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DOL Issues Opinion Letter on the Outside Sales Exemption — New Home Sales Persons Are Exempt; Timeshares Sales Persons Are Not Exempt

Volume 6, Issue 3
March 2, 2007

The U.S. Department of Labor recently issued three Opinion Letters applying the Fair Labor Standard Act's ("FLSA") outside sales exemption to new home and timeshare sales persons, determining that only the new home sales employees were exempt. To qualify for the outside sales exemption: (1) the employee's primary duty must encompass "making sales" (as the Act defines it) or obtaining orders or contracts for services or for use of facilities for which a consideration will be paid by the client or customer; and (2) the employee must be customarily and regularly engaged away from the employer's place or places of business in performing that primary duty.

The DOL easily determined and/or assumed that all employees presented in the three Opinion Letters were sales employees. Thus, the determination of whether the new home and timeshare sales persons were exempt turned on the latter component of the outside sales test - whether they were customarily and regularly engaged away from the employer's place of business. The DOL explained that an outside sales person is one who makes sales at the customer's place of business or home, as opposed to the employer's place of business. Any location used by the sales person as a headquarters or for telephonic solicitation of sales, such as the sales person's home, is considered one of the employer's places of business even if the employer does not own or rent the property.

The new home sales persons operated from an office in a model home or trailer located on or near a construction site. This office was considered part of the employer's place of business. The DOL determined, however, that the new home sales persons were customarily and regularly engaged away from this place of business - the model home office or trailer - because they regularly left the office to engage in selling or sales related activities. The DOL explained that "an indispensable component" of their work was to tour model homes and lots, take buyers to recently-completed homes or homes under construction, and inspect and view homes under construction with buyers throughout and at the completion of the construction process. As such, the new home sales persons qualified for the outside sales exemption.

The timeshare employees promoted and sold timeshare interests in resorts. Like the new home sales persons, they worked from an office located at or near the resort and regularly left the office to tour the resort with prospective buyers. The employer of the timeshare sales persons, however, owned the resort and maintained a continuing interest, therefore, in the resort and the timeshares that were sold. As such, the DOL determined that the entire resort was the employer's place of business and that the timeshare sales person's activities of touring the resort did not constitute sales activities away from the employer's place of business. Conversely, the new homes sales persons worked for an employer who did not maintain an ownership interest in the subdivision once all home sites were sold. As such, the entire new home development where the new home sales person performed much of his/her work was not considered the employer's place of business. Because the timeshare sales person's work was performed at the resort - part of the employer's place of business - these employees did not qualify for the outside sales exemption.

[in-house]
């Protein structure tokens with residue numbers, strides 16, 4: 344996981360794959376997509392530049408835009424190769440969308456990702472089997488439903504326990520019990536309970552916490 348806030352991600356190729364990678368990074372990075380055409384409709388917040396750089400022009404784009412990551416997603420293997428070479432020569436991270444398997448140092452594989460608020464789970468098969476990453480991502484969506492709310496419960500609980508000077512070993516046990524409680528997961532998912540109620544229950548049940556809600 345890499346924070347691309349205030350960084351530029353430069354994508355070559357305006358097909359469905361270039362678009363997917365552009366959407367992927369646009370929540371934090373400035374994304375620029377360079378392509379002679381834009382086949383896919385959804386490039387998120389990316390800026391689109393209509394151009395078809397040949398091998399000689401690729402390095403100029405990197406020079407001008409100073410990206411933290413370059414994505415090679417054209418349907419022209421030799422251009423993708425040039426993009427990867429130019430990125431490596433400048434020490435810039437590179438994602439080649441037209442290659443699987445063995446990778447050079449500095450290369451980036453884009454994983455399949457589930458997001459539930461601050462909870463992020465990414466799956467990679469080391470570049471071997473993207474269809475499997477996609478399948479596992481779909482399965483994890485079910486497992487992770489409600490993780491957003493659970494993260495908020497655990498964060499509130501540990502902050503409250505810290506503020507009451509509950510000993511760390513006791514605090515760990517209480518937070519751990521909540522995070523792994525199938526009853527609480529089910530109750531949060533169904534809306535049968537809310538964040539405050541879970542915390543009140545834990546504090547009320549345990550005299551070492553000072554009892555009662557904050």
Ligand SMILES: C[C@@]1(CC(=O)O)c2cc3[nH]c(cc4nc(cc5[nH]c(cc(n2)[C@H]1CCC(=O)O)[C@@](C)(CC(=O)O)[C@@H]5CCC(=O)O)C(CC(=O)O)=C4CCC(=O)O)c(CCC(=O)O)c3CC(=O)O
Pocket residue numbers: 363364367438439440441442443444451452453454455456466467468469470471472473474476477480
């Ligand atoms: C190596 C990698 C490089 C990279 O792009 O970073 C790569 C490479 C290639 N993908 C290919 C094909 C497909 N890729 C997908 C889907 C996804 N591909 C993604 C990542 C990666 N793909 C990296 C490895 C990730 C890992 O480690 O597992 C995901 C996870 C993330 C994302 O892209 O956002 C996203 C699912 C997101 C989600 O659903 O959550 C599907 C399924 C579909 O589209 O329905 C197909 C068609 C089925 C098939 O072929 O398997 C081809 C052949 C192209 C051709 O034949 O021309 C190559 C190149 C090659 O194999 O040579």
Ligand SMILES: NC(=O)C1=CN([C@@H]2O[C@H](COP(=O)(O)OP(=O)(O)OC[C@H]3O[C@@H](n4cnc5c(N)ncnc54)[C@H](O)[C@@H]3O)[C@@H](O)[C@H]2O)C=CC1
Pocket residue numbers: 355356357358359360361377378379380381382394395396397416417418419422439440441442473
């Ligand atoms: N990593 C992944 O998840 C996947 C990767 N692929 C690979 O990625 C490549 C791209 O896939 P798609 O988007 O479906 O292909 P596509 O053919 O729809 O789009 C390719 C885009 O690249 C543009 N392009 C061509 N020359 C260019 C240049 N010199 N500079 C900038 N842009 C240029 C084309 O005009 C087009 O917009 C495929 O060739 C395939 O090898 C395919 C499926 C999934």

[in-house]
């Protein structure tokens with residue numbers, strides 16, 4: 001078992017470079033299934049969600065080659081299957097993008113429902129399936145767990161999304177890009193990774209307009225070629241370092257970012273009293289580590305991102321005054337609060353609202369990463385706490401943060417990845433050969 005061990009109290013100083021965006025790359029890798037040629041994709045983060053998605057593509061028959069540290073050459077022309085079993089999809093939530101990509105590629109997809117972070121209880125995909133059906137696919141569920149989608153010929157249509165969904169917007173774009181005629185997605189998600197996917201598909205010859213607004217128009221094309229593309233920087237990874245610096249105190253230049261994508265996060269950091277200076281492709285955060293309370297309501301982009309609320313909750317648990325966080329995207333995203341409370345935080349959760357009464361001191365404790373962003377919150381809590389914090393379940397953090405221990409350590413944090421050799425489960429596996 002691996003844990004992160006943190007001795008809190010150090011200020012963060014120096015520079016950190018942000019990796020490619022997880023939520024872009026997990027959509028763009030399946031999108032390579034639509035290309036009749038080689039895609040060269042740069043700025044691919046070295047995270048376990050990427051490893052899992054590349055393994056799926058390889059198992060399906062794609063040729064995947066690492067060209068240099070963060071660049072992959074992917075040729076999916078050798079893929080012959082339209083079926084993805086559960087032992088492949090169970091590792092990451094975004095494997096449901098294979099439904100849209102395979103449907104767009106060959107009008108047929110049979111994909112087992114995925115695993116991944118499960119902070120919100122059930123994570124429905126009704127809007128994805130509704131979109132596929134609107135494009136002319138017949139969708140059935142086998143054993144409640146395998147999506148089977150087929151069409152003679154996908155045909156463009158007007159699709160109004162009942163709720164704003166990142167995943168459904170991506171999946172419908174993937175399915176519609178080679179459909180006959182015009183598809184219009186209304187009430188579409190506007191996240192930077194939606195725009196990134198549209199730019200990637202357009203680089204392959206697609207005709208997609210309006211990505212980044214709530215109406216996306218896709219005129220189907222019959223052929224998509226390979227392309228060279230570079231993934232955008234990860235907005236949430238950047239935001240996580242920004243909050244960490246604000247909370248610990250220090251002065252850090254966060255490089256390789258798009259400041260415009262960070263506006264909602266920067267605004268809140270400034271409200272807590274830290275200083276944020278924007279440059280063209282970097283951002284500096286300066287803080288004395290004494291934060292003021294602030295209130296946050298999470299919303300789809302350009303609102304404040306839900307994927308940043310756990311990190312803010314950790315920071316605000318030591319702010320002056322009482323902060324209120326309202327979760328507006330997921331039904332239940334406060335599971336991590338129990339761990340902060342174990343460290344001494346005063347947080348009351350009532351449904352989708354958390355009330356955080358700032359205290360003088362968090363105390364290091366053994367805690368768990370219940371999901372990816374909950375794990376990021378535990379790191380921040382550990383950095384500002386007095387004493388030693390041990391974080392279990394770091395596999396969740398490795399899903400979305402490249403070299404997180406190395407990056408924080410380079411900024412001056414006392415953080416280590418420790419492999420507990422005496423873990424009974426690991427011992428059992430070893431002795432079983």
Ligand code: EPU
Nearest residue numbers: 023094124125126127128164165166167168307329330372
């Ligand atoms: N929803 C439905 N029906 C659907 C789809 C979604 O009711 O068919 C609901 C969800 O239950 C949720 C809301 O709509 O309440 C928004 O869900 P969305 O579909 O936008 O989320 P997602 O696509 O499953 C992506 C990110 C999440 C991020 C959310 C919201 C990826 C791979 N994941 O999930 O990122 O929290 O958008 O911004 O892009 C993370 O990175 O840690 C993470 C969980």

The Opinion Letter is based solely upon the specific duties engaged in by three companies' employees and should not be relied upon to determine that all similar employees are or are not exempt. Instead, the Opinion Letter should be viewed as a good refresher on the outside sales exemption and an illustration of how the DOL analyzes the issue of "away from the employer's place of business."

Employer Report articles are for general information only; they are not intended and should not be construed to be legal advice. Reading or replying to such articles does not establish an attorney-client relationship. In addition, because the subject matters and applicable laws discussed in Employer Report articles are often in a state of change and not always applicable to every type of business entity or organization, readers should consult with counsel before making decisions based on the same.